Aiming to contribute to the environmental revolution that has swept up so many
Israelis, the nation’s defense force intends to significantly slash its energy
use, increase recycling and incorporate renewable infrastructure in its bases
during the coming years.
“Now we are creating a grand plan to deal with
the reduction of solid waste, and in six years from now we want to be recycling
50 percent [of our waste],” Lt.-Col. Eyal Ezra, head of the IDF’s technology and
logistics department told The Jerusalem Post on Tuesday.
“We are doing
all of this with the Environmental Protection Ministry.”
department received a special award from the IDF and the Environmental
Protection Ministry at a ceremony in Tel Aviv on Wednesday evening honoring
specific IDF branches for their environmental advancement. As a result of his
team’s efforts to ready the entire army for a comprehensive environmental
overhaul, the head office within the technology and logistics branch won first
prize in the category: “integration of environmental protection as an integral
part of organizational culture.”
Reaching a state in which the army is
recycling 50% of its waste is a lofty goal, as the IDF is only recycling about
11- 12%, according to Ezra, who has headed the department since March, but has a
professional background in urban planning. To attain this goal, Ezra and his
team will be focusing on the recycling of domestic waste generated by the
soldiers at their bases, which constitutes about 75% of the IDF’s total waste,
Already, several bases – in army bases in the Eilat-Eilot
region, a navy base in Ashdod and the Sde Dov air force base – have begun
separating their wet and dry waste at source, he continued. Next year, bases in
Carmiel are to join in the effort, and Ezra said he hopes to expand the program
into recycling electronic and packaging waste soon.
In addition to
increasing the IDF’s focus on recycling, Ezra and his team have committed to
energy conservation, and hope to achieve a 20% reduction in energy consumption
by the year 2020 alongside the entire State of Israel, he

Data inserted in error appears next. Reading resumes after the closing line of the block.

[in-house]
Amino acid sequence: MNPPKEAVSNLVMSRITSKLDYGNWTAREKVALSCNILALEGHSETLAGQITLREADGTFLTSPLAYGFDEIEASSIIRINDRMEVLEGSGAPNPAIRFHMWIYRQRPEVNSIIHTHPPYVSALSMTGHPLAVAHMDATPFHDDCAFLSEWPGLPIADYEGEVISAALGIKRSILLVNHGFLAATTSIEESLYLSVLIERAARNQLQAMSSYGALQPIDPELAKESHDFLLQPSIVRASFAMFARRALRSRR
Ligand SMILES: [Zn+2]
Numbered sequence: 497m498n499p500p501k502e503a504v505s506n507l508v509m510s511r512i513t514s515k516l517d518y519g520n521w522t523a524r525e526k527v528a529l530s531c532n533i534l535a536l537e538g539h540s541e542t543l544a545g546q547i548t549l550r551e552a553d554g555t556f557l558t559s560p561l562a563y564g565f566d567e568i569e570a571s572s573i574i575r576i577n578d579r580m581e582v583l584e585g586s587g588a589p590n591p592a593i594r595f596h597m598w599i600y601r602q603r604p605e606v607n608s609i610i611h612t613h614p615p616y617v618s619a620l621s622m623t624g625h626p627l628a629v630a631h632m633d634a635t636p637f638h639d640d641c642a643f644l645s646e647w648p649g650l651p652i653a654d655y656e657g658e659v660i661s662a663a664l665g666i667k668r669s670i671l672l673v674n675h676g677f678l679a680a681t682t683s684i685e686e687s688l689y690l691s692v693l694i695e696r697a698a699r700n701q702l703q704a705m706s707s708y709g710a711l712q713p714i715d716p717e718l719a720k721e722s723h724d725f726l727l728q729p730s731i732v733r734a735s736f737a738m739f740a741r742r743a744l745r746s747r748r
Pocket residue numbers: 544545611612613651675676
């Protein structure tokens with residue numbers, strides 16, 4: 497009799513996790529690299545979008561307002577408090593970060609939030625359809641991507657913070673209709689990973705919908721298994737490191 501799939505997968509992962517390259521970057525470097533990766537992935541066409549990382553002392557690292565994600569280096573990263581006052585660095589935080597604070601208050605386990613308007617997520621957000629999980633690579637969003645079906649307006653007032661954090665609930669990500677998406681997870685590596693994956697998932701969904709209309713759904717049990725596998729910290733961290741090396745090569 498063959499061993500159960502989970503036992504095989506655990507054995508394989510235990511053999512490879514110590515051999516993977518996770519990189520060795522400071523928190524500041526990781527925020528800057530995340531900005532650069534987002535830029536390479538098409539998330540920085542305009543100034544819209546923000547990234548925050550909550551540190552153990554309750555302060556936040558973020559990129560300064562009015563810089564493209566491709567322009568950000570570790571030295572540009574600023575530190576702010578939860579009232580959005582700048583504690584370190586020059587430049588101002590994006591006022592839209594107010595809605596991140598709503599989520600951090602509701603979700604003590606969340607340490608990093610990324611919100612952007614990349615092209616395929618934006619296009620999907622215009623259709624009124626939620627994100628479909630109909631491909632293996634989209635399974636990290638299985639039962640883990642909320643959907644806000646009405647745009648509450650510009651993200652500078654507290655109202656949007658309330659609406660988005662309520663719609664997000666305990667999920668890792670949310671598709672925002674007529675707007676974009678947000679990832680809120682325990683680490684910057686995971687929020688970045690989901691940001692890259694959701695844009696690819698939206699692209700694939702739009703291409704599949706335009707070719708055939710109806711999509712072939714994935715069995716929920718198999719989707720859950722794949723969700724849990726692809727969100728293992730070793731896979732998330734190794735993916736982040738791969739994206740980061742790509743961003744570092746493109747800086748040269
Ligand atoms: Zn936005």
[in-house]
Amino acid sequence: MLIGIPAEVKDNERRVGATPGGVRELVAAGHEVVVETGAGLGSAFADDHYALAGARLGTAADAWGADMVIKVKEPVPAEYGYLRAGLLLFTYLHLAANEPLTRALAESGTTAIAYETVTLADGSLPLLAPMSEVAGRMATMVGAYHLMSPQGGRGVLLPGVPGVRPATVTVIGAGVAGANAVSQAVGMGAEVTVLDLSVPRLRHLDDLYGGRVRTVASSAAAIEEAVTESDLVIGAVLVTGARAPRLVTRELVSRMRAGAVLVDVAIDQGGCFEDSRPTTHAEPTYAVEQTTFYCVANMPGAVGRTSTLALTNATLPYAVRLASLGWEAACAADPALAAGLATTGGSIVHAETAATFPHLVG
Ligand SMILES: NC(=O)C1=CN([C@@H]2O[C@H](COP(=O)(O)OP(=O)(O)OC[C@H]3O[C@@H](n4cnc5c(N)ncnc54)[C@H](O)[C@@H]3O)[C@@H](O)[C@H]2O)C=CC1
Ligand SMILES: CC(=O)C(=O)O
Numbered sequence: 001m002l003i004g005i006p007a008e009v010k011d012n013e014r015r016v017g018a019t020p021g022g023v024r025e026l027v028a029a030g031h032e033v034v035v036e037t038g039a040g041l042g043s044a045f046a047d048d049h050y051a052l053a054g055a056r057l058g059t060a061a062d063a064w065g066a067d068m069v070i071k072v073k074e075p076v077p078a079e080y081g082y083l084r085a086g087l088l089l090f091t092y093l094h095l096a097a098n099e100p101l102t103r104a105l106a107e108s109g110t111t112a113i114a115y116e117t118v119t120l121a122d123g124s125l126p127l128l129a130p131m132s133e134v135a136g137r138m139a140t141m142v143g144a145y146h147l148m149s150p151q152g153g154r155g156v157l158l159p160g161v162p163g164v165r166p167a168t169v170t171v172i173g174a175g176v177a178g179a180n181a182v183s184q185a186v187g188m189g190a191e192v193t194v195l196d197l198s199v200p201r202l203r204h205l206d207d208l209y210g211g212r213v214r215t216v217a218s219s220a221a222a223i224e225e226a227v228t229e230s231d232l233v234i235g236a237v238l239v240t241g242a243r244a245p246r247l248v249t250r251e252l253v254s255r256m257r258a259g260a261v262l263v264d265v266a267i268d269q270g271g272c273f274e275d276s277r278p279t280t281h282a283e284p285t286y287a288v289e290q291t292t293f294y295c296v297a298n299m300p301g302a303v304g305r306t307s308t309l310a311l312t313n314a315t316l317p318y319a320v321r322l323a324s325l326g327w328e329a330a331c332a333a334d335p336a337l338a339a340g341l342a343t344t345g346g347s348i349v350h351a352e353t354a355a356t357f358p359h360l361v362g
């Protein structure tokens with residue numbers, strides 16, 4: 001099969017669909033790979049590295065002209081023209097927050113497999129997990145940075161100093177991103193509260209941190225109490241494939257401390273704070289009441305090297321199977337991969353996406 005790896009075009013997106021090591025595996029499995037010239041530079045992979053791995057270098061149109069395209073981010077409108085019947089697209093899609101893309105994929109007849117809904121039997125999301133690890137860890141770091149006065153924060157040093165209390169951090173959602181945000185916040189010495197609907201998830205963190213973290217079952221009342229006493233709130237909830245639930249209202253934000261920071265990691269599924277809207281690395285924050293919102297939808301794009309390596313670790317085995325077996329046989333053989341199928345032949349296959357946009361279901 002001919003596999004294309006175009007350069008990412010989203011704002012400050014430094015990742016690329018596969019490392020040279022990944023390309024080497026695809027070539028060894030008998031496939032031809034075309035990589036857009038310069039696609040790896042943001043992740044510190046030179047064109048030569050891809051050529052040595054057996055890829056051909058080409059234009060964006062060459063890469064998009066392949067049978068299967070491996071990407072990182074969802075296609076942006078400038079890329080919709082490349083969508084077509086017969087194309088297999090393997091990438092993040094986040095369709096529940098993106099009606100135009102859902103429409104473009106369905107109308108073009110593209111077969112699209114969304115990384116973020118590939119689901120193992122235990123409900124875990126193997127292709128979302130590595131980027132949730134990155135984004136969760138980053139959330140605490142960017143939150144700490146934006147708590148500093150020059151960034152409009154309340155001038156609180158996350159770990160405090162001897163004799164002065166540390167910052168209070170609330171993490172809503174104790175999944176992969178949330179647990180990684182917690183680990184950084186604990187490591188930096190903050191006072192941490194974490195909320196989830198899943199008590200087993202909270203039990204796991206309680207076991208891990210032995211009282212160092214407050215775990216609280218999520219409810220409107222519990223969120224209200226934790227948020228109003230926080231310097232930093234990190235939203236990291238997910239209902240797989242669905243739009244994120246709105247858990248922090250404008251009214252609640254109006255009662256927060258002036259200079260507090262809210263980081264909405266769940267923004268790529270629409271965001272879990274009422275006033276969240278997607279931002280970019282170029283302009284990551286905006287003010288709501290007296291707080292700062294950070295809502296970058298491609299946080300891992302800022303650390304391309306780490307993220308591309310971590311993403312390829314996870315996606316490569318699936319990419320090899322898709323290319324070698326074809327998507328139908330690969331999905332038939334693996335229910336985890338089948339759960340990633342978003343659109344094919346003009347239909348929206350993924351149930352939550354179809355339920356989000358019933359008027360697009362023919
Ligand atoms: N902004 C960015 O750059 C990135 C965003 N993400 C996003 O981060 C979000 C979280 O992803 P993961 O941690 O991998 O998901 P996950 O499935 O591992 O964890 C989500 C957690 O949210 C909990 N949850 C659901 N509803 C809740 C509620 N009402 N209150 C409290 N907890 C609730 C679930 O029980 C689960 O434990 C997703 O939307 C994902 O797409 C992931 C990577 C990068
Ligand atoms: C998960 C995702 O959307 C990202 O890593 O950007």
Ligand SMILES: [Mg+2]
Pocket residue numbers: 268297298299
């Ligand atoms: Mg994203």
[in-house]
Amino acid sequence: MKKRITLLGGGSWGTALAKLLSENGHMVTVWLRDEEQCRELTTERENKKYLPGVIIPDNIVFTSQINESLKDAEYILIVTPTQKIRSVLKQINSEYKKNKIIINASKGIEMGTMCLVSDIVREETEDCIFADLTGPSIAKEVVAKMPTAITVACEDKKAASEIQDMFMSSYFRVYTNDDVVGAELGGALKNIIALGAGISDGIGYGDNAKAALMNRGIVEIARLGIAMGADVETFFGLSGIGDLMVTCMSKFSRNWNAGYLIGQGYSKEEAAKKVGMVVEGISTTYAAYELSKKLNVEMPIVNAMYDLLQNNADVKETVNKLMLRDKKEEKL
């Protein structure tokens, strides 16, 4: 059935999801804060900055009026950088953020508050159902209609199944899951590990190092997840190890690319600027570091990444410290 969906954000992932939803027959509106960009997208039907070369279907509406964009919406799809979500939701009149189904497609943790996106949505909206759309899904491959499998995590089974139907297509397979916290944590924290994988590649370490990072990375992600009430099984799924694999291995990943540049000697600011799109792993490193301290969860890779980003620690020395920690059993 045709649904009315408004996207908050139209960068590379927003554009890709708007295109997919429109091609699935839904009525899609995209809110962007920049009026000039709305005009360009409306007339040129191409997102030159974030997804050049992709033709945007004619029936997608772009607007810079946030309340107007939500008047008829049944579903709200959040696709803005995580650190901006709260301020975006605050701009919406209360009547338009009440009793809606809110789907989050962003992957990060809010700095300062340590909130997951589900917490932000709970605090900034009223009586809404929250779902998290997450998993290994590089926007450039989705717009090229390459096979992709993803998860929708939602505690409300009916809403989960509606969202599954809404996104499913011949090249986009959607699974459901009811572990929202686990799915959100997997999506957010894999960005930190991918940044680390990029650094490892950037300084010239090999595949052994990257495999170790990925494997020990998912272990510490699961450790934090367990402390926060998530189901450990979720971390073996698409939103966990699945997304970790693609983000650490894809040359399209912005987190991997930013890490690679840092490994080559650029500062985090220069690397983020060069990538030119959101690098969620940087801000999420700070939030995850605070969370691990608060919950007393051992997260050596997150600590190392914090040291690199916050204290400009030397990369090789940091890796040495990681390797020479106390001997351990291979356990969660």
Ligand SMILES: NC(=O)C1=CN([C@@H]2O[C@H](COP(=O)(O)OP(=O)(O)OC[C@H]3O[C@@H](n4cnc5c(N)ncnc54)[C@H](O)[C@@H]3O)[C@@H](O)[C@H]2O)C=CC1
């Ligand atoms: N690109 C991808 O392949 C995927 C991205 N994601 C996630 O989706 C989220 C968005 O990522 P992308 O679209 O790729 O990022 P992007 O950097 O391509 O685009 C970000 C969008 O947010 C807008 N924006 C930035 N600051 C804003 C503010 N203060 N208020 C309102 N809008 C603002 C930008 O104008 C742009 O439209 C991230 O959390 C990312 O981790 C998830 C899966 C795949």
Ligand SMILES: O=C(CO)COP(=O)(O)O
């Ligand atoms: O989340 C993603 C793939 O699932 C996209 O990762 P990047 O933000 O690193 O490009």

Eventually, a central management system will allow for the
constant monitoring of energy consumption and conservation on all bases, Ezra
Not only does he aim to decrease energy use, but he intends to see
the army running on cleaner sources.
“We have reached an agreement with a
big company that provides electricity that will provide the IDF with energy
whose origin is natural gas,” he said, remarking that the influx of gas from
this private supplier will begin in 2014.
Within five years, nearly all
of the IDF will be fueled by natural gas, and by 2020, Ezra said he would like
to see 5% of the army’s supply coming from renewables. Already, one air force
base and several army bases in the South employ solar installations, and more
will soon begin integrating solar power, wind turbines and geothermal
facilities, he added.
Ezra’s department is working on connecting all IDF
bases to proper sewage systems, a NIS 4 million investment project that will be
complete in 2017.
Thus far, 170 of the 400 bases still requiring sewage
connection have been hooked up, he said.
Meanwhile, as the IDF plans to
construct a wide range of buildings in the Negev, the country’s center and in
the Galilee, it will be doing so according to a regulation for sustainable
building, Ezra continued.
“All the future building for the army will
adhere to this regulation,” he said.
This decision is particularly
critical, he explained, as the IDF will be replacing about 40% of its
infrastructure in the next couple decades.
One final way in which the
technology and logistics department has been helping transform the IDF into a
more environmentally friendly institution is by promoting cooperation with the
Israel Nature and Parks Authority (INPA) regarding nature reserves, Ezra
“The IDF influences over 50% of the state,” he said, observing
that 35% of the IDF’s land use involves training zones, and 95% of these
training zones fall on nature reserves.
“So we have to deal very
carefully with these areas,” he said.
In Ezra’s mind, the IDF makes two
oaths – one on the soldiers that they must be returned home to their families
and another on the land that must be returned to the citizens
“It’s a sort of promise that we need to preserve,” he
“That’s the idea of cooperation between the IDF and
At the awards ceremony on Wednesday, several other departments
received acknowledgements for their environmental contributions to the army. In
the same environmental integration category in which Ezra’s team was honored,
the intelligence corps, the Center for Rehabilitation and Maintenance 7000 and
the ground forces command received awards for specific bases under their
command, according to the IDF Spokesman’s Unit.
Meanwhile, the “Flying
Fox” Infantry Training School received a prize in the category of excellence in
nature conservation, due to a project called “Between the Irises and the